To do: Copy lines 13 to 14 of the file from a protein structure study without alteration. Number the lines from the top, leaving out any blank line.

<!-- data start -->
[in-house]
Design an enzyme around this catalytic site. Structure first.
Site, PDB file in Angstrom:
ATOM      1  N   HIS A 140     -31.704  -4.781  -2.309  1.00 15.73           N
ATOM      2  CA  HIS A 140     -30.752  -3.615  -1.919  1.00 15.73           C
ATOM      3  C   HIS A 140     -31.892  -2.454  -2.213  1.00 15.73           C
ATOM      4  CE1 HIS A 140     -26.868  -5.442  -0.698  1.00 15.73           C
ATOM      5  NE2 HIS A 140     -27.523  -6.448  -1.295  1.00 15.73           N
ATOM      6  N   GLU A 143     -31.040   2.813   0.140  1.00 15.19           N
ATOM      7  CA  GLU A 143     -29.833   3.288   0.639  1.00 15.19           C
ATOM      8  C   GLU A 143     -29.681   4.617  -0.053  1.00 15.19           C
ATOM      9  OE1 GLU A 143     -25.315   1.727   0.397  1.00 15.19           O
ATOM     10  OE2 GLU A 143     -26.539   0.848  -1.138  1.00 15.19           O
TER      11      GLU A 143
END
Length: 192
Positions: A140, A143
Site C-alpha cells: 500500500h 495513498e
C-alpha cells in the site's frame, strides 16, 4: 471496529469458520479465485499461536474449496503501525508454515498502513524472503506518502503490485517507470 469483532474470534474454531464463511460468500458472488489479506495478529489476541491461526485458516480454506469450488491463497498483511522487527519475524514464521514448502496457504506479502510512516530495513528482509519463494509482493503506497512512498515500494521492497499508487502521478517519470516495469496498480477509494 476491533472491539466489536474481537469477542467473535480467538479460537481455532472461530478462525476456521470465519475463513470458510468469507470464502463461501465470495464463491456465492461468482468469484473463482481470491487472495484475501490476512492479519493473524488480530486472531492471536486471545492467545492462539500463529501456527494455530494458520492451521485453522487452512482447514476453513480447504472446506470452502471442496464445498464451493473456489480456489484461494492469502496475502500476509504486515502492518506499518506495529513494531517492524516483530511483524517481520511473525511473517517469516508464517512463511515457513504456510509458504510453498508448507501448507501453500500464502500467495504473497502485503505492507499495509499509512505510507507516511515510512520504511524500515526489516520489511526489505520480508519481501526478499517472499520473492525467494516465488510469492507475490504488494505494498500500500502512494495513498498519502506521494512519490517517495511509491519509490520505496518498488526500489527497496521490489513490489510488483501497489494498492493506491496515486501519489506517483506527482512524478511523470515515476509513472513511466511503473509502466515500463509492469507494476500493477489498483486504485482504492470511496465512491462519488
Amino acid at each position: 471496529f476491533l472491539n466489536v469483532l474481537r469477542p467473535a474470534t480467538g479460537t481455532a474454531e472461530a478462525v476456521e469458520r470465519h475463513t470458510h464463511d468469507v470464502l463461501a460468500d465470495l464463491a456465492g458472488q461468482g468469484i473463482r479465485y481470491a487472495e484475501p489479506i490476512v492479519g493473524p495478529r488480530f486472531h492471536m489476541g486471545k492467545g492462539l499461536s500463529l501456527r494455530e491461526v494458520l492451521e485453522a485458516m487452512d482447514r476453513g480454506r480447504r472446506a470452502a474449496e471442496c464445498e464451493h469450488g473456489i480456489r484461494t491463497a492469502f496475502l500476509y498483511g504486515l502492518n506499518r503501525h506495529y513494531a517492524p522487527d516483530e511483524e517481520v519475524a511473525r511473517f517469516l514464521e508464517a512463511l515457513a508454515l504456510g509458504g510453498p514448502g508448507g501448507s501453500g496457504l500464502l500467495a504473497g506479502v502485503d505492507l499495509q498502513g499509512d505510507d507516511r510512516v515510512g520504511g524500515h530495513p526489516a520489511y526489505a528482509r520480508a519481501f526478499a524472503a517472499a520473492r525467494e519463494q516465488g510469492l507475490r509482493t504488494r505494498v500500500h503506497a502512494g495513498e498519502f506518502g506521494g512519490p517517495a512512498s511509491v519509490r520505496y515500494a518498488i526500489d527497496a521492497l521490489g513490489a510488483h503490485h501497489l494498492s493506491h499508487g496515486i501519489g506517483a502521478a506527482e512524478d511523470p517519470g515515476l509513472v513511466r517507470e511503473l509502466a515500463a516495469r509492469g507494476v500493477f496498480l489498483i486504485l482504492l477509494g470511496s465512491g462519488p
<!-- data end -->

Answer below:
ATOM     10  OE2 GLU A 143     -26.539   0.848  -1.138  1.00 15.19           O
TER      11      GLU A 143